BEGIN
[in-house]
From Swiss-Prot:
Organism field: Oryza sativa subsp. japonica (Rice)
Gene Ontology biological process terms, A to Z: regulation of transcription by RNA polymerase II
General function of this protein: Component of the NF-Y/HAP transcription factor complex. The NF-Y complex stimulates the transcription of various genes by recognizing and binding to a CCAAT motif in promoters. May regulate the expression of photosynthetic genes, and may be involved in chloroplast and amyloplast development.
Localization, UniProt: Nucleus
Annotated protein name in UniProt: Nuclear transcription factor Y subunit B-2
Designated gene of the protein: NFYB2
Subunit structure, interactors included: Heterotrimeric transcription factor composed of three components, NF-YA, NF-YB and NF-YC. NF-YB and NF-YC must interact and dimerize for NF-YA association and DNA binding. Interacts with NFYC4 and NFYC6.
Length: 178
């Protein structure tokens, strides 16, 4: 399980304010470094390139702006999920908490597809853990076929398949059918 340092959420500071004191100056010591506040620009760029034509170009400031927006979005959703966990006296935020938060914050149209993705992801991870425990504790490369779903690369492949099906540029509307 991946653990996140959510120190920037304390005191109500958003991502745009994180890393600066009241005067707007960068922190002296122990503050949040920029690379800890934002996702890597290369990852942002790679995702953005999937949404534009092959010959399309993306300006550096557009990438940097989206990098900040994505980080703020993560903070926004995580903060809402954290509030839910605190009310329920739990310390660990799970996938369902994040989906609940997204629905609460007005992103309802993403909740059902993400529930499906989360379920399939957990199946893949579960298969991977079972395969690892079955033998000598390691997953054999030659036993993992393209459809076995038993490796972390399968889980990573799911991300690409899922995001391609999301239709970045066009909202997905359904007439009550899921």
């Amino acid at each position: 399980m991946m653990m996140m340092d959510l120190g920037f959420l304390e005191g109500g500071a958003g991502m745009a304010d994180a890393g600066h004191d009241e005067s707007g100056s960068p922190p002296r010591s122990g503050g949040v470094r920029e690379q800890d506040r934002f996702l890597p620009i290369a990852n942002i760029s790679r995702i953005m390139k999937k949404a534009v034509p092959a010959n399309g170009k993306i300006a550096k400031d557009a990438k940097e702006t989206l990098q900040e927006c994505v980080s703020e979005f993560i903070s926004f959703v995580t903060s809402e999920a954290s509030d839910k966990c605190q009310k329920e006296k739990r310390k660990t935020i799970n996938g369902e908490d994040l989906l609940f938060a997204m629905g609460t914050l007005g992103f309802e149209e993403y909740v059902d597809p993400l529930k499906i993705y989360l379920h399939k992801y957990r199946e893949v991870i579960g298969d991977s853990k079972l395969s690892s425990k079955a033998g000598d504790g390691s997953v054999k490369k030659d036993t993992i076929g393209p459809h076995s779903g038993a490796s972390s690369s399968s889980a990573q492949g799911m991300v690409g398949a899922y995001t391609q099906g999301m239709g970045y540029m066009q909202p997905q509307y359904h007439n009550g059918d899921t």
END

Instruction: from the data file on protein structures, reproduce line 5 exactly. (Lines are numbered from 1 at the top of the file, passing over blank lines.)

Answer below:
General function of this protein: Component of the NF-Y/HAP transcription factor complex. The NF-Y complex stimulates the transcription of various genes by recognizing and binding to a CCAAT motif in promoters. May regulate the expression of photosynthetic genes, and may be involved in chloroplast and amyloplast development.